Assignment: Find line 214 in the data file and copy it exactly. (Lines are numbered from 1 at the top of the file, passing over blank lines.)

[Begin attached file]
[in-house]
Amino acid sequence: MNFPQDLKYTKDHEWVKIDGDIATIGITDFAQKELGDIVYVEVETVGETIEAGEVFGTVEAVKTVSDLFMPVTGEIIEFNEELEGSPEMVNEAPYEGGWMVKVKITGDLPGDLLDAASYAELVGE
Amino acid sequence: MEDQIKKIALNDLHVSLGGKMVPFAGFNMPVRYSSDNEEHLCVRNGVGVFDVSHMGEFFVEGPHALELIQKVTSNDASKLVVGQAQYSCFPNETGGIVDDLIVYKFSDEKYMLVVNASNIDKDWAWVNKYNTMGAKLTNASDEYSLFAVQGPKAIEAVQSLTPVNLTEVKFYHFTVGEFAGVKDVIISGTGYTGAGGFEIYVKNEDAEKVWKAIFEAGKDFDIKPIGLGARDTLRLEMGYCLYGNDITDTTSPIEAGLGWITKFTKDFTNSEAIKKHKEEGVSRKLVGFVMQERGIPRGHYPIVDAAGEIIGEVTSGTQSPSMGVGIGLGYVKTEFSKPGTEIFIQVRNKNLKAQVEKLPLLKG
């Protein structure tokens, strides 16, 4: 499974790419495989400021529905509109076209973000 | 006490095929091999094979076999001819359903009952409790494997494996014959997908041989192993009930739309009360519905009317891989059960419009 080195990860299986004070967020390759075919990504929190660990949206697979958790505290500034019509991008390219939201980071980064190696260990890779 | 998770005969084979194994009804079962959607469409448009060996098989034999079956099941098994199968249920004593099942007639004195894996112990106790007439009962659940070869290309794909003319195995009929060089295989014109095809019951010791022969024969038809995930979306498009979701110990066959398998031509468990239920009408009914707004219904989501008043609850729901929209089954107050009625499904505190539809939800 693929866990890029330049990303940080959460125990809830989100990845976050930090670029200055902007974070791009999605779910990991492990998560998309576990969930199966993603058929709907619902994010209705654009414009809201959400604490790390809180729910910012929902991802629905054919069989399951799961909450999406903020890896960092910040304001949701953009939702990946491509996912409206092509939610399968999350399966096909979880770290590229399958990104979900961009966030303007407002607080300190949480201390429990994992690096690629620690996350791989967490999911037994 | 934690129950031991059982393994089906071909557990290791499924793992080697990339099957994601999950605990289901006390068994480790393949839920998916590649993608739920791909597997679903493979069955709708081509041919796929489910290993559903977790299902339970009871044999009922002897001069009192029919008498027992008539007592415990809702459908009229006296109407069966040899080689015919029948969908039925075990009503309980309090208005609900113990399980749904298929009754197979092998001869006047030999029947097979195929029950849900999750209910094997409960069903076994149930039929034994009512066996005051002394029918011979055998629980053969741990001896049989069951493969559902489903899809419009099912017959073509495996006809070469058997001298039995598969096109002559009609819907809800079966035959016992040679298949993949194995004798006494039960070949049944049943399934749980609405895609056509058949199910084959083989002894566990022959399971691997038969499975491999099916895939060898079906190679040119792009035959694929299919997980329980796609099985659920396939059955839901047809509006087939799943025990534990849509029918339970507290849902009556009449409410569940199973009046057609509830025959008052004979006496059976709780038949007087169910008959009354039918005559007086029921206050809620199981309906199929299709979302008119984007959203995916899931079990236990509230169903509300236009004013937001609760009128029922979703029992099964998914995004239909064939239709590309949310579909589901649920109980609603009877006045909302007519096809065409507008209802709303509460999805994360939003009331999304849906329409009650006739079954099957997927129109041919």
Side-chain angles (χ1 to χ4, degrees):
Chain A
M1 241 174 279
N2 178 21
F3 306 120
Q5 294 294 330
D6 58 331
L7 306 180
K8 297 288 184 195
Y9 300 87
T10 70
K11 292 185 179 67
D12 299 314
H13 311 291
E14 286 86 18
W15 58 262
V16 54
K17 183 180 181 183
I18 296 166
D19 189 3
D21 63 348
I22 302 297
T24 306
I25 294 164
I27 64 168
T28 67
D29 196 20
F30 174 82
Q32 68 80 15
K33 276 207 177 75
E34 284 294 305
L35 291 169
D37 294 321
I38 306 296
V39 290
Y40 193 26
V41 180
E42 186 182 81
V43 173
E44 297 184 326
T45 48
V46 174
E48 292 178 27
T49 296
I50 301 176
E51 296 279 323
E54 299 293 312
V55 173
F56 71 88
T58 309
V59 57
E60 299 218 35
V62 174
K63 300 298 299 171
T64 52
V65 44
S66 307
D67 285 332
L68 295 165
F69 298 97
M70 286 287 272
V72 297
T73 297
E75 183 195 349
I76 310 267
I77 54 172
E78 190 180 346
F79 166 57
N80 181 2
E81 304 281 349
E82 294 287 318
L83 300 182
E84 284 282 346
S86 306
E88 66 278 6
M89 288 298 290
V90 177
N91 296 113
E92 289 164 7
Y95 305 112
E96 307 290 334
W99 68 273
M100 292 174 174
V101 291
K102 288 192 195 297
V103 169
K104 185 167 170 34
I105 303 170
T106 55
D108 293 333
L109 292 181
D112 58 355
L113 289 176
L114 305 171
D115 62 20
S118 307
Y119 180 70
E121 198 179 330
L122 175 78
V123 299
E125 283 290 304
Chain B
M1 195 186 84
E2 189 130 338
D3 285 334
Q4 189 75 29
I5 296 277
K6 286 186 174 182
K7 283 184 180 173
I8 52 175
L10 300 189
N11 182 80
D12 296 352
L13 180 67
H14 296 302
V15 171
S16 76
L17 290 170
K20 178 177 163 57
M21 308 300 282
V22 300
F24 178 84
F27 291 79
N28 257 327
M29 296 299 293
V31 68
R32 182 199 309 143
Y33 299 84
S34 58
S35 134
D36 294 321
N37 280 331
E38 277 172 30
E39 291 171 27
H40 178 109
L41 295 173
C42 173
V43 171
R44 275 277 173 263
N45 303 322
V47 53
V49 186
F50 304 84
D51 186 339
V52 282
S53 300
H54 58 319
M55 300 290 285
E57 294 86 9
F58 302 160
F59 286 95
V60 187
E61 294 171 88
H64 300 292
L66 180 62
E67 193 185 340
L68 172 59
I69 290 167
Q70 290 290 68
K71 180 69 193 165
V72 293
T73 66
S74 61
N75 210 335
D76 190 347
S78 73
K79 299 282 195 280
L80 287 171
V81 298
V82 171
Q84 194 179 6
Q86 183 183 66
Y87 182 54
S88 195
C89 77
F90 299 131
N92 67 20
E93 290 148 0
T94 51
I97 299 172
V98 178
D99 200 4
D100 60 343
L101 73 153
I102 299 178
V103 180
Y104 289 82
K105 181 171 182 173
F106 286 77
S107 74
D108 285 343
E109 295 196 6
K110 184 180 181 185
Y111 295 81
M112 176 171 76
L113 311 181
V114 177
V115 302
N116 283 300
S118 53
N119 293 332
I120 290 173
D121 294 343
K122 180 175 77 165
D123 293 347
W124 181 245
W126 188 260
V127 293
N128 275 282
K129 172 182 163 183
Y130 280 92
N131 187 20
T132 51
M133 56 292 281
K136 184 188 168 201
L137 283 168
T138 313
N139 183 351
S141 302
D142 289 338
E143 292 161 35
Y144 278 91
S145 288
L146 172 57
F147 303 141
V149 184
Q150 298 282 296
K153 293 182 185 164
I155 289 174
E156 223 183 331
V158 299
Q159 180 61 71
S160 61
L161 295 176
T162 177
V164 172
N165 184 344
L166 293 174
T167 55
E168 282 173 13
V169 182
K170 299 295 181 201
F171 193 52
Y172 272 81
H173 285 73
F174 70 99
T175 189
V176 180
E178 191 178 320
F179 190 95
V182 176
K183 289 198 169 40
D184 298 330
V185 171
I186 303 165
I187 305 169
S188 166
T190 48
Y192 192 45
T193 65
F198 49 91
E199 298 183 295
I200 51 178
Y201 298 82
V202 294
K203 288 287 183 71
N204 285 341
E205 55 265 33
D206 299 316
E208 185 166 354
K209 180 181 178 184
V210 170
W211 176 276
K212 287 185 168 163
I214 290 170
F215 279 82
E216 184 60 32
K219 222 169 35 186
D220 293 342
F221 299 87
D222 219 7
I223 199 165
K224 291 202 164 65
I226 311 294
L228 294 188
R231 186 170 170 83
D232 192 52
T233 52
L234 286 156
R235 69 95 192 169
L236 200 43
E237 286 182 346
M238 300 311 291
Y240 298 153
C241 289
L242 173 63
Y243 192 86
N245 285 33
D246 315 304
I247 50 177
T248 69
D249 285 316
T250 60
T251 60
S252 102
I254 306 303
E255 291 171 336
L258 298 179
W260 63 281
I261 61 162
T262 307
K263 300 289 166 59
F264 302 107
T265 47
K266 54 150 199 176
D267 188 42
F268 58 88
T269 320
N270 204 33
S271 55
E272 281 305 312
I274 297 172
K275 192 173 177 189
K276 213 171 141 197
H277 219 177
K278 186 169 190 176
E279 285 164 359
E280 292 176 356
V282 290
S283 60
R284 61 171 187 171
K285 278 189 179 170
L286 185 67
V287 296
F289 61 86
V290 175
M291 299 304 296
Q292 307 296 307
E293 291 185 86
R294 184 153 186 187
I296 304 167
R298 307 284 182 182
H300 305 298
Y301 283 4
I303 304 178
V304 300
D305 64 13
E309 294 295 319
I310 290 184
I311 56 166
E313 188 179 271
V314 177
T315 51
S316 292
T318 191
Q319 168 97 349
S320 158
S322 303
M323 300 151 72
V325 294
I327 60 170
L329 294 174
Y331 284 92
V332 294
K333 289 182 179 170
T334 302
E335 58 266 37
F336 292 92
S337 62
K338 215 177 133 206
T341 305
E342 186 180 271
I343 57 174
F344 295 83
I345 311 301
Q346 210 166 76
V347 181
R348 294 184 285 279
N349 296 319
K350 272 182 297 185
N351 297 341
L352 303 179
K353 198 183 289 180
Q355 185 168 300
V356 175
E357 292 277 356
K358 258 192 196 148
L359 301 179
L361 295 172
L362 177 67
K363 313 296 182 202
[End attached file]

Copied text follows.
K129 172 182 163 183